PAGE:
On November 7, 2017, claimant filed an application (hereinafter "November 2017 application" or "November 2017 change in condition application") for additional wage benefits related to the July 2015 accident.[2] Using a Commission form, she requested ongoing compensation for work missed beginning June 20, 2017, because of the "[t]raumatic [b]rain [i]njury" she alleged to have sustained in the 2015 accident. Attached to the claim form and serving as the basis of her request for wage benefits were medical records from doctor visits that occurred in June, July, and August 2017.[3]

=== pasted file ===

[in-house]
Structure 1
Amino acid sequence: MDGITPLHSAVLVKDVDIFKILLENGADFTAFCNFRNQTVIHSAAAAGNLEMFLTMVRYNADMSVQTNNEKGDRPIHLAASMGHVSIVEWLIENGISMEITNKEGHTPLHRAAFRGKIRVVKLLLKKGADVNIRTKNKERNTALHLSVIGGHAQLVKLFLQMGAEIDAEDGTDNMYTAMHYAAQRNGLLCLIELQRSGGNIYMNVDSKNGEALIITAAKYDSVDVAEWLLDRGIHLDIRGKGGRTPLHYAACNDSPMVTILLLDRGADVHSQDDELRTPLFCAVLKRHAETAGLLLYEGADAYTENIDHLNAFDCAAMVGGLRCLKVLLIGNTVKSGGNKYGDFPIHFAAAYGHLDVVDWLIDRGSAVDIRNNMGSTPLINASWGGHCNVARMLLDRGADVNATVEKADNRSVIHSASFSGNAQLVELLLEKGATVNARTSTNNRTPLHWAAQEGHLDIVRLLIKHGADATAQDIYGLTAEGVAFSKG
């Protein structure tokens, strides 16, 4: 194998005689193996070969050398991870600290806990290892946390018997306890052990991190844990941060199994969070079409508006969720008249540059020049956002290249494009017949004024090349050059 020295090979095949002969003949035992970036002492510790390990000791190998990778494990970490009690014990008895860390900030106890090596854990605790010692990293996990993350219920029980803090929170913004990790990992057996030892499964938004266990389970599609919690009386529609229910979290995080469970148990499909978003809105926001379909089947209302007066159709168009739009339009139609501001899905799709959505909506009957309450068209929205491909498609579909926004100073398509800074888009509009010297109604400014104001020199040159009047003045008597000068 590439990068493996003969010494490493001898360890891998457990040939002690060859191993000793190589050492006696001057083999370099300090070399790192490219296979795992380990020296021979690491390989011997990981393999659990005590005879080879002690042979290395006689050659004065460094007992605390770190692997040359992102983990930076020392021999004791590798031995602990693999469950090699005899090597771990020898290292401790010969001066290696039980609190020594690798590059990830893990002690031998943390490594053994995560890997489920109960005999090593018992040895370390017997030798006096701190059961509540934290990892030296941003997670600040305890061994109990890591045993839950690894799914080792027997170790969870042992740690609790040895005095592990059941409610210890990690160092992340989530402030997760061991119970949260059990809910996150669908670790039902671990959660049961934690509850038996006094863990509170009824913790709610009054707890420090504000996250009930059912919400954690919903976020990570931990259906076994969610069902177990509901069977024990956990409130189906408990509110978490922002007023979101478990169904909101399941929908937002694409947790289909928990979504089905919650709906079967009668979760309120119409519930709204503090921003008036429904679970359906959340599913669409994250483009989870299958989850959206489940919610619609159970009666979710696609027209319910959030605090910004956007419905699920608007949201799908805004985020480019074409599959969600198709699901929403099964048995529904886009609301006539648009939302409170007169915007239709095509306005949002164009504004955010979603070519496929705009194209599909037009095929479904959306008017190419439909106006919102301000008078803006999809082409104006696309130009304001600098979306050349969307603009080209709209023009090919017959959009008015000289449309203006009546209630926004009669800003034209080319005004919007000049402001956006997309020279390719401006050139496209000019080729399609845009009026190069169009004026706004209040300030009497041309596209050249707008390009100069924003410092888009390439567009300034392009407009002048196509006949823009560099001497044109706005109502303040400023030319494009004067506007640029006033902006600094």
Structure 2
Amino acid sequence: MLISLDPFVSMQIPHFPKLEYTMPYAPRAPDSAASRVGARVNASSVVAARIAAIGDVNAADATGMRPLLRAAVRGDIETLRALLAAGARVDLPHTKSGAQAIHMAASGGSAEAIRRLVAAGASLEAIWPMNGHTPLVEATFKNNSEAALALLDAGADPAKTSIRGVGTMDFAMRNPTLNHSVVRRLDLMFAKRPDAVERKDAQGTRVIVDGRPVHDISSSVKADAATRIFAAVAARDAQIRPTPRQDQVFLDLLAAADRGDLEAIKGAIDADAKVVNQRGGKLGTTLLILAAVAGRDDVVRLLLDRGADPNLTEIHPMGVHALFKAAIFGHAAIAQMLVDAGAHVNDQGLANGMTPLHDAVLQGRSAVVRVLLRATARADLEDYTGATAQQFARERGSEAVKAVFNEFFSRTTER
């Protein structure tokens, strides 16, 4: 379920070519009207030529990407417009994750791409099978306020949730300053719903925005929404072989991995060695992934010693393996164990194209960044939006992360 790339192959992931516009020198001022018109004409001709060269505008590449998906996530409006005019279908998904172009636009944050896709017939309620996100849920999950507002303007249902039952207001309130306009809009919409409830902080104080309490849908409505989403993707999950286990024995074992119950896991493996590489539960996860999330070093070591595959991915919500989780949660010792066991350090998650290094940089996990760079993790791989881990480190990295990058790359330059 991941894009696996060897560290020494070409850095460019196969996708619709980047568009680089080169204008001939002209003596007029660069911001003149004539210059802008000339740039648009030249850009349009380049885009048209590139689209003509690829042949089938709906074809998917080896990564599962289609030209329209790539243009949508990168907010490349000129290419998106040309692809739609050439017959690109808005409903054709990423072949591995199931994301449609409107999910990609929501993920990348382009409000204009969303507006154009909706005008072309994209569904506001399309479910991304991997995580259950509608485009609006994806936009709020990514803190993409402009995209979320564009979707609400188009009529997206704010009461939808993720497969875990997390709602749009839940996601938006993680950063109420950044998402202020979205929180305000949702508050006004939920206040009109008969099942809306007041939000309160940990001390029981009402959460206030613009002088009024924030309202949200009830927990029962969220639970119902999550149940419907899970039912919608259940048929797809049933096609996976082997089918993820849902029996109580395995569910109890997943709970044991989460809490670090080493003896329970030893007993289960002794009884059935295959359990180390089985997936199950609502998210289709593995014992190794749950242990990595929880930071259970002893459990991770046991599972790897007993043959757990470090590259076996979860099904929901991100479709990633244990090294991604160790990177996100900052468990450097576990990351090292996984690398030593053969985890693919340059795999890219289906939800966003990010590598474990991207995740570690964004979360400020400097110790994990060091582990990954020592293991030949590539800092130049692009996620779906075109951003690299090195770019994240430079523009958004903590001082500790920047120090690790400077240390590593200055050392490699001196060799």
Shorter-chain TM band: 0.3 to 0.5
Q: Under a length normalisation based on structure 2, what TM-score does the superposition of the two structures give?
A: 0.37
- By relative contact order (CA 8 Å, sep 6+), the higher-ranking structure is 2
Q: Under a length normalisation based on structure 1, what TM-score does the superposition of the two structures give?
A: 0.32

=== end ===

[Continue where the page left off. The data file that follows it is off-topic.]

The parties entered a joint stipulation whereby they agreed that the March 2016 award order be amended to allow for lifetime medical benefits for claimant's "subdural hematoma, subarachnoid hemorrhage, [and] temporal epidural hematoma[.]" The stipulation did not provide for any new wage benefits; rather the parties agreed "[t]hat the issue of claimant's entitlement to [new wage benefits] may be resolved with an [o]n the [r]ecord decision and that the respective position statements will be submitted within two weeks of the entry of [the stipulation]." The Commission approved the joint stipulation on April 24, 2018, and the parties filed their position statements.